How To Do A Virtual Thanksgiving Recipe Swap
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For many people, Thanksgiving celebrations will look different this year. While hosting a virtual Thanksgiving dinner isn’t the same as seeing family and friends in person, including their signature dish in your spread is a nice way to have part of them there with you.
Getting the secret family recipe from your relatives can also provide an opportunity for bonding, since you can get their cooking tips while also catching up and reminiscing on past Thanksgivings. Here’s where the virtual recipe swap comes in: For any dishes that are absolute staples in your Thanksgiving spread — whether it’s Grandma’s pumpkin pie, Mom’s cranberry sauce, your sister-in-law’s mashed potatoes or a nontraditional Thanksgiving dish — get the original recipe from its maker and share it with the family. Each household replicates the dish in its own kitchen and shares the tasty results with everyone. It’s a great way to enjoy a virtual Thanksgiving meal without physically being together.
Here are suggestions from experts on how to do it smoothly.
For less tech-savvy folks, swap recipes over the phone or use snail mail.
If you’re going the old-fashioned route, first you have to get your hands on the original recipe, which isn’t always as easy as it sounds.
“My grandmother does this often for me, as it’s easier for her to write and have time to mull it over than to remember over the phone on a whim,” she told HuffPost.
Then, call the recipe’s owner to get instructional details that may not be written on the recipe card.
“Asking a lot of questions is key,” said Anna Francese Gass, chef and author of “Heirloom Kitchen: Heritage Recipes and Family Stories from the Tables of Immigrant Women.”
“You can also print off a similar recipe that you find online and see if you can alter it based on their personal preferences. If you love your grandmother’s sour cream apple pie, you can look some up and then ask her how she makes hers,” Gass told HuffPost. “Looking at similar recipes will get you familiar with the general process, and then you can personalize it based on Granny’s version.”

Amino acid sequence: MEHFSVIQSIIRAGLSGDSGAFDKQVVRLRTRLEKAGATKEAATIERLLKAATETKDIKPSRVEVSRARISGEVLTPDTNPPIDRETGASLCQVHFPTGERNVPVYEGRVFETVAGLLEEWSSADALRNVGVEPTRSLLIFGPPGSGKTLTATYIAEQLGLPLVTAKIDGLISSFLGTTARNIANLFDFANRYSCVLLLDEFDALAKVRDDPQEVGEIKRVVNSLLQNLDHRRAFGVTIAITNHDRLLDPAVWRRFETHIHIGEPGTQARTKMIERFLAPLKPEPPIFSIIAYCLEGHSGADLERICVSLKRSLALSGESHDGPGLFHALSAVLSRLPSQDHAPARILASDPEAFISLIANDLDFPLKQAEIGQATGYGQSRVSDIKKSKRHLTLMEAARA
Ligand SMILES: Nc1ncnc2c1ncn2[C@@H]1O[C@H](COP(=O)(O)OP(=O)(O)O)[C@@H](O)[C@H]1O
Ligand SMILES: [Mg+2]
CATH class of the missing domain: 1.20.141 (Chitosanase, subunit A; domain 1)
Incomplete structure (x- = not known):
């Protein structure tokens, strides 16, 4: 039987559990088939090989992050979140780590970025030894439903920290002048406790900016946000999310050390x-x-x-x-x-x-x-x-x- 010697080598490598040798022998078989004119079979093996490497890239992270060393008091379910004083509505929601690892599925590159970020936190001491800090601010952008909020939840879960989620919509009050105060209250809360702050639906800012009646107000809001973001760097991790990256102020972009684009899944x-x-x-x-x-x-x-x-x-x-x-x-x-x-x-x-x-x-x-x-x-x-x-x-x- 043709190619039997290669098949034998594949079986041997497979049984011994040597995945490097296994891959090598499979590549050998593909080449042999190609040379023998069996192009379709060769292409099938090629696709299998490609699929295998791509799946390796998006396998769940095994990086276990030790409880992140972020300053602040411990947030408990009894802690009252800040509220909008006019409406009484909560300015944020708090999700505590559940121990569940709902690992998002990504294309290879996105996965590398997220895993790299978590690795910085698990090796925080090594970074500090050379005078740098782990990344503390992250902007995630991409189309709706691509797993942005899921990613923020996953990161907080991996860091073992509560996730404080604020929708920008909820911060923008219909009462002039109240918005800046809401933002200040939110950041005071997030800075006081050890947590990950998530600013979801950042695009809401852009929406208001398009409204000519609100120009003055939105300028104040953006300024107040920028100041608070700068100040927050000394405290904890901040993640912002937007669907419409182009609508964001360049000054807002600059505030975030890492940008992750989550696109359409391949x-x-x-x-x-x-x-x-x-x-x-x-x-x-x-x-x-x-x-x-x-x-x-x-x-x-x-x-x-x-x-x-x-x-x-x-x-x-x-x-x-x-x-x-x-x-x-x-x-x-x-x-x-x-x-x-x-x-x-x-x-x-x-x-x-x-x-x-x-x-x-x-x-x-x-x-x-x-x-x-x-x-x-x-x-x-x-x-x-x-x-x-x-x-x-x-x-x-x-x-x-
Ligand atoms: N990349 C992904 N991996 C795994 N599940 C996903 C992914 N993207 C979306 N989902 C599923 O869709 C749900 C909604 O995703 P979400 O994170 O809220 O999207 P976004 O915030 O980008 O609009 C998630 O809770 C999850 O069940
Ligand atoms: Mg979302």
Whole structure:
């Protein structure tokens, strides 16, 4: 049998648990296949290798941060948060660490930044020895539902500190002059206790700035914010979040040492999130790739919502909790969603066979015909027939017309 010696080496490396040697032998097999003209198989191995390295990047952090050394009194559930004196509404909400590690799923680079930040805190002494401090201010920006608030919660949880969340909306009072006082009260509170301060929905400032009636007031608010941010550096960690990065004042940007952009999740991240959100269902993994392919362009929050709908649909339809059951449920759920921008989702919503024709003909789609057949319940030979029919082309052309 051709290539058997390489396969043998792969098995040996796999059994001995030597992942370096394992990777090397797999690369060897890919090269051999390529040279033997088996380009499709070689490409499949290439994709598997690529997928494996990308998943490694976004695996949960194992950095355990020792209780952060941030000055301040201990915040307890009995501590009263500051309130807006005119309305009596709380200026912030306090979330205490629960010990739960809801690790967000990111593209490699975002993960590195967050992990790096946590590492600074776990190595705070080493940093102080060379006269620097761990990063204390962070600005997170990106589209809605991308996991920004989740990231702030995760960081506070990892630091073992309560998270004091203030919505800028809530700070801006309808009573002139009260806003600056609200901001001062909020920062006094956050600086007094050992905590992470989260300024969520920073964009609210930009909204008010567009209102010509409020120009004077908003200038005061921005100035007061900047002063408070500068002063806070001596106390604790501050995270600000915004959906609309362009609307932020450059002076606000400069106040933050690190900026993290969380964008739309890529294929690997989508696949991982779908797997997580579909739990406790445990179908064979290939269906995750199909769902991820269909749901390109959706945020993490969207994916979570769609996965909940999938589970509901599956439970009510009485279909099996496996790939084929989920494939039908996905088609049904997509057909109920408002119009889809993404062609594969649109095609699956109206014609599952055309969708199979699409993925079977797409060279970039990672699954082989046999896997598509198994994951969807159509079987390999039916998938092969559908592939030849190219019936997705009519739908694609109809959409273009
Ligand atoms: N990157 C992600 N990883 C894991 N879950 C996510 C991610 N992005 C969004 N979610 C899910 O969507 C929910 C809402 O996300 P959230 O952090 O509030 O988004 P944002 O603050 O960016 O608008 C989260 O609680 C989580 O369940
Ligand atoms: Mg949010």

For family members with some tech skills, you can do a teaching session over Zoom or FaceTime.
A video call can offer insights into the cooking process that you may not be able to glean from a written recipe.
“By watching and recording the process via pen and paper, laptop or even a visual recording (Zoom has this capability), you can see the step-by-step in real time,” Gass said. “When simply rattling off a recipe on the phone, many people will forget steps or ingredients and end up unknowingly giving you an incomplete recipe. While in person is ideal, tech has come through for us in a big way, so take advantage of it.”
During the virtual demo, Gass recommends kicking things off by reading off the ingredients list before diving into the method. Once the recipe owner starts cooking or baking, ask them to go slowly and stop before each new step. If you can encourage your relative to use measuring utensils, that’s even better, as one cook’s definition of a tablespoon can be quite different from another’s.
“They should explain what they are putting in and about how much before proceeding,” Gass said. “Asking not only the how, but the why of each ingredient and step will help you understand what goes into the dish and the person’s thought process to getting to the final product. It helps when you are recreating to know the backstory. Trust me!”
Ask any clarifying questions you may have, and if the recipe owner happens to share any tips or tricks, write those down.